Centuries before oboes, clarinets, and saxophones came to America, cultures in the Middle East, Persia, Central and East Asia were inventing and playing a wide variety of reed instruments. As they travelled, they brought along these instruments. Some went east to Asia, some south to India and Africa, and others north and west to Europe. Many of our modern instruments are descendants of these early folk instruments. Through exploration of ancient roots of modern reed instruments, their evolution and modern innovations in Europe and in American, this exhibition retraces the long and winding roads used to bring us where we are today.
This exhibition presents an overview of the entire reed instrument family and highlights rare and unique examples of instruments from Asia and the Middle East comparing and contrasting them with modern day instruments made in Europe and the U.S. One of the special highlights is a collection of Asian free reeds or mouth organs that are displayed side by side with commercially produced, colorful examples of European free reeds including the harmonica, concertina, bandonion, accordion, and reed organettes, dating back to the 1800s.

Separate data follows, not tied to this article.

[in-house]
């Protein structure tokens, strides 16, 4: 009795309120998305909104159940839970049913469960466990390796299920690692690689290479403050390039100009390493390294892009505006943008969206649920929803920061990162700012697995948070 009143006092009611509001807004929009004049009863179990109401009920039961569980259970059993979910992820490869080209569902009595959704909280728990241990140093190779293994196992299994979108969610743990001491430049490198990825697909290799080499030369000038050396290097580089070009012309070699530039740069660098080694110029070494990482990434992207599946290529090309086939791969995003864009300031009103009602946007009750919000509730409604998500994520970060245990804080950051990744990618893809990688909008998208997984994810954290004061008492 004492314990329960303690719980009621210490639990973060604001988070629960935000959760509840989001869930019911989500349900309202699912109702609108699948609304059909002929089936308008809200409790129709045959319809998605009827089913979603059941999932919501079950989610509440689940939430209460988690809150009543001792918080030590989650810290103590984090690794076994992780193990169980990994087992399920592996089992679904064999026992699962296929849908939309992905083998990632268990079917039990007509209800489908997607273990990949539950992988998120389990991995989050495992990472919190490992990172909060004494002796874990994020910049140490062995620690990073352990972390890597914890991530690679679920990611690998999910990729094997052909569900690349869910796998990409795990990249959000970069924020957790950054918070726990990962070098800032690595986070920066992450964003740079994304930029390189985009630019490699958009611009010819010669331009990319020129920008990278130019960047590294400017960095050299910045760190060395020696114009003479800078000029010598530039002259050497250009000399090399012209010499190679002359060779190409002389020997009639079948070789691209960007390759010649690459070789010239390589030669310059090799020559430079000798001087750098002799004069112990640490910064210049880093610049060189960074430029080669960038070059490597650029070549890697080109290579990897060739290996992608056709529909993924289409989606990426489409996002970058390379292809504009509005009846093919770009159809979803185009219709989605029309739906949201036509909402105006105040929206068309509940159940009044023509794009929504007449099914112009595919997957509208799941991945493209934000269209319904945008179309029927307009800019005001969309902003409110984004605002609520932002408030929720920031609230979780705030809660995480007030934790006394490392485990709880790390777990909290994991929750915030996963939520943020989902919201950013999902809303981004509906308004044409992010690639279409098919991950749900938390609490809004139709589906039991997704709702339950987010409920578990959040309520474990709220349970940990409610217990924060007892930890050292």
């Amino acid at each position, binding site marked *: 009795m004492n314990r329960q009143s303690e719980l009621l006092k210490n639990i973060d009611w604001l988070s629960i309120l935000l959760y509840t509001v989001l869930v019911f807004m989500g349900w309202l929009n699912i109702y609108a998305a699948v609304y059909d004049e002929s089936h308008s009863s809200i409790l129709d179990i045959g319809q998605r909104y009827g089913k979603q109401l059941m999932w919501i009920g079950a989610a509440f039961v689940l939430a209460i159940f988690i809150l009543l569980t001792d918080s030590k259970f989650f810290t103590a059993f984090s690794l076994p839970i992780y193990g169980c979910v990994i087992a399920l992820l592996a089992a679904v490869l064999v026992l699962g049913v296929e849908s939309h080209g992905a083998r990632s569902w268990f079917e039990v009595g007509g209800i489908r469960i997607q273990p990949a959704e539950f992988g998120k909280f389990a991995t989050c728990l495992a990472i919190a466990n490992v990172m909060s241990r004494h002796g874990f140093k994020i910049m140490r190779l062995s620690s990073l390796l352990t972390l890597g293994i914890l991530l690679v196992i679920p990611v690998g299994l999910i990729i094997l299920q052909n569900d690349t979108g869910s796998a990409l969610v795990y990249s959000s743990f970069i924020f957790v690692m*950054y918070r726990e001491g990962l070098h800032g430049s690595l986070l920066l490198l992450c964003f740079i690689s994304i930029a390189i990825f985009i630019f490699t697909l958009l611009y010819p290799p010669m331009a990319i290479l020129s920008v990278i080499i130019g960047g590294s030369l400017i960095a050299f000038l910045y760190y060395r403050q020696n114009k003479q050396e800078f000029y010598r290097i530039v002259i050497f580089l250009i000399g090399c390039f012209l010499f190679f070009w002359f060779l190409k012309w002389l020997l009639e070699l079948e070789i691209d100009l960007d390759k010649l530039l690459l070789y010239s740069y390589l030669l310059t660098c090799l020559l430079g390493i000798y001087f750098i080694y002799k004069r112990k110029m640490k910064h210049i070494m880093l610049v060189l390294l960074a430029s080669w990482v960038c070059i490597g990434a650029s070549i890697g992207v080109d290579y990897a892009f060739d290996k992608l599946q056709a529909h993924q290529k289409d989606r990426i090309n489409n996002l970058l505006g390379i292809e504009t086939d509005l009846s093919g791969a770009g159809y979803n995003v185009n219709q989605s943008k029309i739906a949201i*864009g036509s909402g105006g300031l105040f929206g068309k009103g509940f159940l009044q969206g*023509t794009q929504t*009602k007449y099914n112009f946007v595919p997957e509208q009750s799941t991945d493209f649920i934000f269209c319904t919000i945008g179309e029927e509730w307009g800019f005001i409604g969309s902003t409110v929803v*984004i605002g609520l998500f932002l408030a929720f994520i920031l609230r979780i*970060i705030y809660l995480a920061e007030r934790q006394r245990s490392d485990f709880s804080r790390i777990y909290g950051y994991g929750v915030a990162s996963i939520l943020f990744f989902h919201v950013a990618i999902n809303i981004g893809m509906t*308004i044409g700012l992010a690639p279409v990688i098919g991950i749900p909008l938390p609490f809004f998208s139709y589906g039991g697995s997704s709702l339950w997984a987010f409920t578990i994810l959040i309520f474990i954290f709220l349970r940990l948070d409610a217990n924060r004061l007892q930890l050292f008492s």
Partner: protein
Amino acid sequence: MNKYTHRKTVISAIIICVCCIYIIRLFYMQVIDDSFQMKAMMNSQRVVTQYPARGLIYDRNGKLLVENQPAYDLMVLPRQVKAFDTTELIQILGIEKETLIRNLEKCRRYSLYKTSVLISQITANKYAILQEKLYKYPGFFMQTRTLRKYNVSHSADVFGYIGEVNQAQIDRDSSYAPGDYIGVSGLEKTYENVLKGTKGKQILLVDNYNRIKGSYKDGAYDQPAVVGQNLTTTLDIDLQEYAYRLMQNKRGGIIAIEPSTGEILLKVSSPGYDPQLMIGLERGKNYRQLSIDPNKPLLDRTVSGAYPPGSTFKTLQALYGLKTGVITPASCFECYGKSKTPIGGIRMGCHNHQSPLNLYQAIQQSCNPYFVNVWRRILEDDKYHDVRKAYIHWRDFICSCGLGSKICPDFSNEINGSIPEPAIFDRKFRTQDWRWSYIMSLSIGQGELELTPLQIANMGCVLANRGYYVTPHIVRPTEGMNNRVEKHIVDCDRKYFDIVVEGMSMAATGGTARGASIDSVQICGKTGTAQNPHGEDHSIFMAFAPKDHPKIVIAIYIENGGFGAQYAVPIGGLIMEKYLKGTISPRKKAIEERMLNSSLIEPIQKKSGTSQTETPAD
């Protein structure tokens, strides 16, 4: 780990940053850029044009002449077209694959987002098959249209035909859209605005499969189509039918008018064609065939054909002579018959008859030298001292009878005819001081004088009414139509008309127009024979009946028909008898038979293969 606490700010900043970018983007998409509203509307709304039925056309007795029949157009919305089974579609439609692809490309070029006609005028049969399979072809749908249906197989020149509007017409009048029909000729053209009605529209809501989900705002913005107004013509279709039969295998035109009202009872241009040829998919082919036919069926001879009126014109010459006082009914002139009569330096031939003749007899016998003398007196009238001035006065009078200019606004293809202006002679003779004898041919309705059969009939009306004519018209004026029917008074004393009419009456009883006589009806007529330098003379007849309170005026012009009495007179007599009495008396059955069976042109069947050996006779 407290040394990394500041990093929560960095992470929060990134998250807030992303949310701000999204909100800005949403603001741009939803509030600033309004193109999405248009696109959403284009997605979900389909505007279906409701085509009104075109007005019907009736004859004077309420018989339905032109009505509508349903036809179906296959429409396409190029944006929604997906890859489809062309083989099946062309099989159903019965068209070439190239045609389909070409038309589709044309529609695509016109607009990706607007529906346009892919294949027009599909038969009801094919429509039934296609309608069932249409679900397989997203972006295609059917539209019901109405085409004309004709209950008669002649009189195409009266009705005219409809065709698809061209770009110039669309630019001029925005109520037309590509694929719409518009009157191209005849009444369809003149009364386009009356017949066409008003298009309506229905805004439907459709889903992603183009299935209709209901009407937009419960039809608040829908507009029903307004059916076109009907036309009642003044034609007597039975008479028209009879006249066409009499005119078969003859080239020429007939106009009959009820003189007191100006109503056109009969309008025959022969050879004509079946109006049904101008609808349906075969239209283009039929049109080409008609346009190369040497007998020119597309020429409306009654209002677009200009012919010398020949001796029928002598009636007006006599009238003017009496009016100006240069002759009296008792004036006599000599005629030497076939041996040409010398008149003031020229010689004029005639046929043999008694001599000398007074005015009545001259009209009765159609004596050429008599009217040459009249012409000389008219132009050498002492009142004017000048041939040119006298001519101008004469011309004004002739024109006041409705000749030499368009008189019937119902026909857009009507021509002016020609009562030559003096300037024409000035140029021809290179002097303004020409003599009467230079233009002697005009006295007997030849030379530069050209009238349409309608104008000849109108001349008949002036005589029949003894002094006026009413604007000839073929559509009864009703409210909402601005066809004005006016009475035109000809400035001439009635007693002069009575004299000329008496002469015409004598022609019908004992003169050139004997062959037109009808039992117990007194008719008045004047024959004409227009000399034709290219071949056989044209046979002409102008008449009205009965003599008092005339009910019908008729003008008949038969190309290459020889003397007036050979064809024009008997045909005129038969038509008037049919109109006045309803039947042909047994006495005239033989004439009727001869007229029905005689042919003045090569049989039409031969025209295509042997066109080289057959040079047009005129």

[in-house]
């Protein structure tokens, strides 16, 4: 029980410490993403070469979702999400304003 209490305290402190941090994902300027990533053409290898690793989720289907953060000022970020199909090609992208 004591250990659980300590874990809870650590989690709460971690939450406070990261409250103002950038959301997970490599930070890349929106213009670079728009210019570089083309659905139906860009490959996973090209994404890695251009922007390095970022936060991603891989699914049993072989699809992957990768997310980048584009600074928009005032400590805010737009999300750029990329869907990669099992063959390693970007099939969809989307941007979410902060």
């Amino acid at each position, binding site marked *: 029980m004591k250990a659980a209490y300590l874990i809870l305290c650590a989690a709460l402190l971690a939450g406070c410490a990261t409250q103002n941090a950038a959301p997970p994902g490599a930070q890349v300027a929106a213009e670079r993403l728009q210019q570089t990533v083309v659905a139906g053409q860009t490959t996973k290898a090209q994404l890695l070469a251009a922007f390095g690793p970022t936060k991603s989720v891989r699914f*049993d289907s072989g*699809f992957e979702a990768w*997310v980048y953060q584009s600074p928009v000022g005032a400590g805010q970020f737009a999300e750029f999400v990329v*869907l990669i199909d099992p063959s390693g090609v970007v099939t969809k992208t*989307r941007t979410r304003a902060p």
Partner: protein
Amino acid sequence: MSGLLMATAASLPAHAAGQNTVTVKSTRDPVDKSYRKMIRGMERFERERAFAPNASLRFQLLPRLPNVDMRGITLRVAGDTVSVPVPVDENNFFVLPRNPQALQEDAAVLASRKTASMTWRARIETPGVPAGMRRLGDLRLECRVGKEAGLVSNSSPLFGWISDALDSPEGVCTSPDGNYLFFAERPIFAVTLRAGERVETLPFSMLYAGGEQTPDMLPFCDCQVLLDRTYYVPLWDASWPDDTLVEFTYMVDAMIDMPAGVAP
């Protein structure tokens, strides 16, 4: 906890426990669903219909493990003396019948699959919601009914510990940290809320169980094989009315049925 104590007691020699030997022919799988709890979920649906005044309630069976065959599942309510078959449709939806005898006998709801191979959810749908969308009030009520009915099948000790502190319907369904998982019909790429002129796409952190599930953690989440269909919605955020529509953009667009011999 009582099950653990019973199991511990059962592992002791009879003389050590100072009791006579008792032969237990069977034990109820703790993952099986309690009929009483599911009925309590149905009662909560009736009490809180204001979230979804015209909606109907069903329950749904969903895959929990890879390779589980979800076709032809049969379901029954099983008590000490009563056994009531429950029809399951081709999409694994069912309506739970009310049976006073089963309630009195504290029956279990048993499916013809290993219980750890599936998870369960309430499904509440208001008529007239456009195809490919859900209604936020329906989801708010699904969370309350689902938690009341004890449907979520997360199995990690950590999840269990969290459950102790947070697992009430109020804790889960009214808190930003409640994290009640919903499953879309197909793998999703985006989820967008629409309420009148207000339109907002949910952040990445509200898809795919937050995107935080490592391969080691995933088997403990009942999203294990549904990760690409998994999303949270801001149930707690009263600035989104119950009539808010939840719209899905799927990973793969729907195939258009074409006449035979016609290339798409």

This exhibition was developed in collaboration with Randy Raine-Reusch of Vancouver, a multi-instrumentalist, expert, and avid collector of traditional Asian instruments. The display is also generously supported by loans of instruments from the National Music Museum at the University of South Dakota, the University of Washington Ethnomusicology Program, and private collections of John Whiteman and Leslie Hoffman. This exhibition is accompanied by a series of concerts, educational workshops, and demonstrations, showcasing some of the rare instruments in action.
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